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AU Honors Curriculum

Our curriculum is designed to be flexible so that students are able to make the most of their time at American University. Honors students can complete the Honors curriculum and still major or minor in any available subject, can double major, study abroad, participate in NCAA athletics, and even pursue early graduation or one of the five-year combined BA/MA programs.

Most importantly, our scaffolded approach to supporting student intellectual exploration allows students to pursue their scholarly passions while gaining crucial academic inquiry. Students in the AU Honors program are able to double major, can study abroad, and can complete the program in three years if they intend to graduate early.  

First Year

 

Begin in wonder...

Approach and explore a topic with an awareness of the strengths and limitations of diverse intellectual perspectives.

 

Fall Semester

CORE-106, Honors section of Complex Problems Seminar (3 credits) 

HNRS-150, AU Honors Experiential Learning (1 credit)

WRTG-100, Honors Section of College Writing --OR-- WRTG-106, College Writing, Intensive (3 credits)

 

Spring Semester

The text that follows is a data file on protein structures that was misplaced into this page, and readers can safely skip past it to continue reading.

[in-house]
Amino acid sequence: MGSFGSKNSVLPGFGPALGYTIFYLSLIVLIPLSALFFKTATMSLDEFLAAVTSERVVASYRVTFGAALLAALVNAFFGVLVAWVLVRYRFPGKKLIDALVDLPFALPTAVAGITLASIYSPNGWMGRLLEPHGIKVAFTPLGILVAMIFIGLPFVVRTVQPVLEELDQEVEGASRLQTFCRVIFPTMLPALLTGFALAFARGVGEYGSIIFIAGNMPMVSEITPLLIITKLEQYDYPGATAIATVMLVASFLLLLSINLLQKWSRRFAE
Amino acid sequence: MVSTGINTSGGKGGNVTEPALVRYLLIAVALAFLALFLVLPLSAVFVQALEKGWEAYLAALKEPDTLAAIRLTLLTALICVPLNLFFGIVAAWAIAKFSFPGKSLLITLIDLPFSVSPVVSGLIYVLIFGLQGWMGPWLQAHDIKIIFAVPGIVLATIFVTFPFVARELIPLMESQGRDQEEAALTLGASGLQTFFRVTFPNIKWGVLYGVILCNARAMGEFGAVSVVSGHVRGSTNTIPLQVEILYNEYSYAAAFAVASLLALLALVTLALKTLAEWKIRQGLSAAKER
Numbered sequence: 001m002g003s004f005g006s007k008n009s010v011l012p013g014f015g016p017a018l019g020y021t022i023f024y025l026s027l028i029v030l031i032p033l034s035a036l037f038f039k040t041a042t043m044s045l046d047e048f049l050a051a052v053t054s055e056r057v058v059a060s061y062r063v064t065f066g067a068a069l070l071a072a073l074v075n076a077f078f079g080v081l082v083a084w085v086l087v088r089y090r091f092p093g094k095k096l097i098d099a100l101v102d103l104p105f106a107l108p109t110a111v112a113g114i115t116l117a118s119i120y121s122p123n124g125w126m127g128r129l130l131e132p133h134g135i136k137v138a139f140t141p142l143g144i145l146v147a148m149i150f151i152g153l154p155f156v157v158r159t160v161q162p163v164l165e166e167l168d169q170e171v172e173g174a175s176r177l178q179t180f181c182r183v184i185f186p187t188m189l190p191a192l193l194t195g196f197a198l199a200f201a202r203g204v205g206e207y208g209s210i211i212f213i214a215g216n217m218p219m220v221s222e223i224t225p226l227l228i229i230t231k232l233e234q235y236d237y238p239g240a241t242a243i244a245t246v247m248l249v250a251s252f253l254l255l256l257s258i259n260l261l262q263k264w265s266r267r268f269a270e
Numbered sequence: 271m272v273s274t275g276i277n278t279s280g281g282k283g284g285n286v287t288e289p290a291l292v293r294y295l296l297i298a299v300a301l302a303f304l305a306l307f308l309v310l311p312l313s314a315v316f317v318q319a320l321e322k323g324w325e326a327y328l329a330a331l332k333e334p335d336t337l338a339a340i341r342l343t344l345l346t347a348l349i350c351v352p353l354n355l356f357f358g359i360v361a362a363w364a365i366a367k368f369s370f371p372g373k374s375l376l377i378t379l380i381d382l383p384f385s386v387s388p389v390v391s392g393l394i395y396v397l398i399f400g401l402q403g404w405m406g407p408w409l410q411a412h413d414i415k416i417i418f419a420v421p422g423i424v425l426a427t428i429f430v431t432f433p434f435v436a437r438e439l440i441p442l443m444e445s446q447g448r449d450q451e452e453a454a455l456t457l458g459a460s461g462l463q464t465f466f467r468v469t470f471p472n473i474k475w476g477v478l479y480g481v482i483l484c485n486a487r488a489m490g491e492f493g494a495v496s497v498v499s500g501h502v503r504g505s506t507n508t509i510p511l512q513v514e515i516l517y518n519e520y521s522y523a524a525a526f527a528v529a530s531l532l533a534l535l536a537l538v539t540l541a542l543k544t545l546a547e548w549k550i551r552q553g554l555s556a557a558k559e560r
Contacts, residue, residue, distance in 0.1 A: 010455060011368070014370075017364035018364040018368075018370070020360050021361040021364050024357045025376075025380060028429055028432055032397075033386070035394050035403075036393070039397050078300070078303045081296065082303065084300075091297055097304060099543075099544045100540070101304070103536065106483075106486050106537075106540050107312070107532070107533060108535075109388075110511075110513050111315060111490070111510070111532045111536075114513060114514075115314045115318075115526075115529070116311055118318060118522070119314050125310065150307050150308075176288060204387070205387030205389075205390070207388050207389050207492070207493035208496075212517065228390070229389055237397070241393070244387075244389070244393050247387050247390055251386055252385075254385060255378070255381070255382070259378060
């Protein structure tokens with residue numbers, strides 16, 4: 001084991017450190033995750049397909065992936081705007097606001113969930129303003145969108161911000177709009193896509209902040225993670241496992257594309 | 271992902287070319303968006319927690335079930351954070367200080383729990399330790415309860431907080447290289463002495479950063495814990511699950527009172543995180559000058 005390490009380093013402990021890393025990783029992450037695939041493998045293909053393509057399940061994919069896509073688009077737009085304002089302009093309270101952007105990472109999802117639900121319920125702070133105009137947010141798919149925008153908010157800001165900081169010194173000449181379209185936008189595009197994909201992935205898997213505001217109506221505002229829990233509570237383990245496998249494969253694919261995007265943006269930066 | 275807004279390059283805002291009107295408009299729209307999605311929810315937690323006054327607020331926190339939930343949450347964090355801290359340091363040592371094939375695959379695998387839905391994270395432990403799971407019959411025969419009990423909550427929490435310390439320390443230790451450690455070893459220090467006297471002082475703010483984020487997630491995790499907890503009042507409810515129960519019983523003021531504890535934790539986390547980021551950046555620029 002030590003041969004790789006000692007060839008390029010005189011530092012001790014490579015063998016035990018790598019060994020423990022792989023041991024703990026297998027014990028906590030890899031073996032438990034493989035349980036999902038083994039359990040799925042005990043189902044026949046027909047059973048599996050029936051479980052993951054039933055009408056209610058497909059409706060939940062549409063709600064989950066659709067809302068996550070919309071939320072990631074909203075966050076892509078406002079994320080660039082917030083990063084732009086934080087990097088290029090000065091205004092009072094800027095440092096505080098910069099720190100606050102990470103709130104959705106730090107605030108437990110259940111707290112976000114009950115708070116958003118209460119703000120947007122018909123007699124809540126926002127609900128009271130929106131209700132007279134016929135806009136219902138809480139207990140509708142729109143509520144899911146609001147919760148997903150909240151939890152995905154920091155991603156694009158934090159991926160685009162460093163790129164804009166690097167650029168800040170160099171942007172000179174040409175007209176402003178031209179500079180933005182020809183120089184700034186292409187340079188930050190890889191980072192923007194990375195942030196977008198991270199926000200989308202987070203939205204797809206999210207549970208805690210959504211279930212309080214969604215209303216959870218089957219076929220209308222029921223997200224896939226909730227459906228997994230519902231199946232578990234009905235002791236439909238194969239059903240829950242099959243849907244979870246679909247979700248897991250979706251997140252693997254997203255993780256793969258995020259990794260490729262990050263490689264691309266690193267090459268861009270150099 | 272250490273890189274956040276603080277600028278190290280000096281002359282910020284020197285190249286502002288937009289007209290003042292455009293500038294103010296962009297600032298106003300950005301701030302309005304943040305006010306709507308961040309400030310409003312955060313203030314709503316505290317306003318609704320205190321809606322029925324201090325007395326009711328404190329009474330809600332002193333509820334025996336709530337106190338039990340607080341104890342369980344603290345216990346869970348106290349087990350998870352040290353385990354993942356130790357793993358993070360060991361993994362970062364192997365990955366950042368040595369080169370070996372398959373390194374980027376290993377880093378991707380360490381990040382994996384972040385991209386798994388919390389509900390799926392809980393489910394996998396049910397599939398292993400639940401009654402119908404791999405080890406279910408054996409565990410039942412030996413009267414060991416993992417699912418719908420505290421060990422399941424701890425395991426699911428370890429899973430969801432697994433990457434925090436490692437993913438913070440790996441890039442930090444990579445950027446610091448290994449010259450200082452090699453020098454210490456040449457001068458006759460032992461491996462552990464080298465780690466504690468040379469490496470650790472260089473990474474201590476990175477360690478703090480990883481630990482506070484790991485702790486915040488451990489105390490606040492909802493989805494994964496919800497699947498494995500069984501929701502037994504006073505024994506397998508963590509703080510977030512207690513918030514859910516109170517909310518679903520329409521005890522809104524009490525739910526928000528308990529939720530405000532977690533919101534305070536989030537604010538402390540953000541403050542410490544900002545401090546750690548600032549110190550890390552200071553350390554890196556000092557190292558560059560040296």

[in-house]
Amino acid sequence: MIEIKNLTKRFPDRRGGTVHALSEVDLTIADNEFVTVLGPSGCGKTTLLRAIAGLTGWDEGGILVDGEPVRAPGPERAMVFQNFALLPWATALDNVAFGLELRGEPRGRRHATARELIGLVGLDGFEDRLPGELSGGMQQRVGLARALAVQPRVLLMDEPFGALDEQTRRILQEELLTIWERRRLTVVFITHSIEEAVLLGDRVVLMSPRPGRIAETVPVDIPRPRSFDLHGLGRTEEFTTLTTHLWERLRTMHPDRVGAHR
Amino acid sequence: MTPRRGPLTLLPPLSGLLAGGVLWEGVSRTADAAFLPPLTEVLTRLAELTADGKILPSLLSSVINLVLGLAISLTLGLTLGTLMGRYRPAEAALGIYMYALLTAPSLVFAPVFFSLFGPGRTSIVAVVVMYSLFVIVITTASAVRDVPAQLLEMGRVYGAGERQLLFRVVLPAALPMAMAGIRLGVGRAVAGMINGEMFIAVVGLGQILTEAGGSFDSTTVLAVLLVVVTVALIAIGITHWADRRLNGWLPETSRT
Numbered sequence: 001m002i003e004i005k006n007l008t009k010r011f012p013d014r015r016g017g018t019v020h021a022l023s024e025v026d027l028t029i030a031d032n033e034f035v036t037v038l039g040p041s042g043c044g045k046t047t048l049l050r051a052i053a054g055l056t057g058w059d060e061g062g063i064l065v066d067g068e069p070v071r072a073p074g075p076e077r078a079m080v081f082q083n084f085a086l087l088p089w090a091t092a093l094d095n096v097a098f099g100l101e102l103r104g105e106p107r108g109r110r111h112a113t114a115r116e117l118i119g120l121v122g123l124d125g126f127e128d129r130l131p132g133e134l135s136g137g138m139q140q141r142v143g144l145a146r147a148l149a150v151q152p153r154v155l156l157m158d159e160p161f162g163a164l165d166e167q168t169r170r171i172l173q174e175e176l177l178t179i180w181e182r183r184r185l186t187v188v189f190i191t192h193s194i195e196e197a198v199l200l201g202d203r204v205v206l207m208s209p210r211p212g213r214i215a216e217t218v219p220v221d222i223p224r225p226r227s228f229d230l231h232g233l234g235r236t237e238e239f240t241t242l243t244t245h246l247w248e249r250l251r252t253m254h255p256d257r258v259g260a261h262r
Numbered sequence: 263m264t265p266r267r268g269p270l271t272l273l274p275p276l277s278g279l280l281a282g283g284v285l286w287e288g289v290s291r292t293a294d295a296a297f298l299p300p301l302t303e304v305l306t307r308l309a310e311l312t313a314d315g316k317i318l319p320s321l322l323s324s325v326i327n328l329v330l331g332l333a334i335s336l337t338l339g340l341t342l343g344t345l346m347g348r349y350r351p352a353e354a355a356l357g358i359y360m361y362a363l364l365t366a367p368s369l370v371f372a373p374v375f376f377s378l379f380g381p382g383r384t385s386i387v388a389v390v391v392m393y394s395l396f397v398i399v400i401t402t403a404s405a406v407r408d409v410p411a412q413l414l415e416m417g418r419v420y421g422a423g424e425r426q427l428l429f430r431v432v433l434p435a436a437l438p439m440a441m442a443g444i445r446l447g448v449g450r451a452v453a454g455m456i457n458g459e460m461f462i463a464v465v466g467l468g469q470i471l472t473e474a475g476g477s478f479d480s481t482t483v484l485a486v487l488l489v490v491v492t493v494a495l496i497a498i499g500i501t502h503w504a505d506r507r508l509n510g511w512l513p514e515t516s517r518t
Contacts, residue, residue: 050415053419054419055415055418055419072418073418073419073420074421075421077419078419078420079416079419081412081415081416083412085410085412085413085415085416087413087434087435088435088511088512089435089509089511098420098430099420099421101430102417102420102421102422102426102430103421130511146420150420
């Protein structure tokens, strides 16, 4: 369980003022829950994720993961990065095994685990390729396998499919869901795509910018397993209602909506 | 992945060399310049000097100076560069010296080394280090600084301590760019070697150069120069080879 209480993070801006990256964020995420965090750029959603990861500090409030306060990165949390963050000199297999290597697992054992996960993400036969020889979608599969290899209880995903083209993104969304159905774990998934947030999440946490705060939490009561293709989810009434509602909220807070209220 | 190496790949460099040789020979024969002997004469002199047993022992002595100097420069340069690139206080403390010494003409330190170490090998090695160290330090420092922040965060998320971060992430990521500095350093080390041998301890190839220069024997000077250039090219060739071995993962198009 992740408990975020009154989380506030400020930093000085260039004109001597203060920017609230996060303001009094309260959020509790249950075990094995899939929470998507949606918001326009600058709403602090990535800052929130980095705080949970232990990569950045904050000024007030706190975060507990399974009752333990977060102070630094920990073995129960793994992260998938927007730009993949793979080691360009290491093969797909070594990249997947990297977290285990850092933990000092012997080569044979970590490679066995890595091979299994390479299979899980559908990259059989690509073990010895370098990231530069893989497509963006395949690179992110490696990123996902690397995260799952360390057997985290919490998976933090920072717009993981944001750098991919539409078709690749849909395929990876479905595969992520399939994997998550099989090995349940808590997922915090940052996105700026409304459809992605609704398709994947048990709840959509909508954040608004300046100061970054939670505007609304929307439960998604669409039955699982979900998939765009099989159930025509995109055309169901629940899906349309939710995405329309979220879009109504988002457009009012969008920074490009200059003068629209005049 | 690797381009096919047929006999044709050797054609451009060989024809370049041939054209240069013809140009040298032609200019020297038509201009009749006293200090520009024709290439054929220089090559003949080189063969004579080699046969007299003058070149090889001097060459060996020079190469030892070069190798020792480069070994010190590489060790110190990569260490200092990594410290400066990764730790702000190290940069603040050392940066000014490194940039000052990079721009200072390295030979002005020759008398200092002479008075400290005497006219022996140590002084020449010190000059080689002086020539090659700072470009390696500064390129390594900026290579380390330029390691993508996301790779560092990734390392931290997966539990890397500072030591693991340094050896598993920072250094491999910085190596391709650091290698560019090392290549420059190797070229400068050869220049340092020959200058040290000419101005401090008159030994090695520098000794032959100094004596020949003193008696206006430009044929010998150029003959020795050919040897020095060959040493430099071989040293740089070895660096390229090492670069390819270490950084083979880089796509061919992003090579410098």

HNRS-151, AU Honors Inquiry Experience (1 credit)

Faculty-led projects intended to help students engage in the process of knowledge-creation and knowledge presentation.

 

Second Year

 

Journey in curiosity...

Develop and execute a rigorous scholarly plan for generating knowledge, in dialogue with a variety of traditions of inquiry.

Fall Semester

HNRS-395, Theories of Inquiry 
A broad conceptual exploration of different ways of producing and presenting knowledge across fields and disciplines; emphasis is on developing an appreciation of the strengths and limitations of different approaches, and on the formation of research questions in different traditions (3 credits). 

Spring Semester

HNRS-398, Honors Challenge Course
Building on skills learned in ToI, students form groups, choose an AU faculty mentor, and tackle a research question of their own design. Students share their research with a larger audience during the Challenge Course Showcase (3 credits). 

Learn More About HNRS-398

Third and Fourth Year

 

Dare to Know...

Students participate in increasingly independent inquiry experiences and contribute to knowledge, creative expression, and meaningful change. 

HNRS-400

Honors Colloquium
Honors students take 2 Honors Colloquium courses. 3 credits must be either HNRS-400 Advanced Honors Colloquium OR another upper-division Honors offering elsewhere on campus.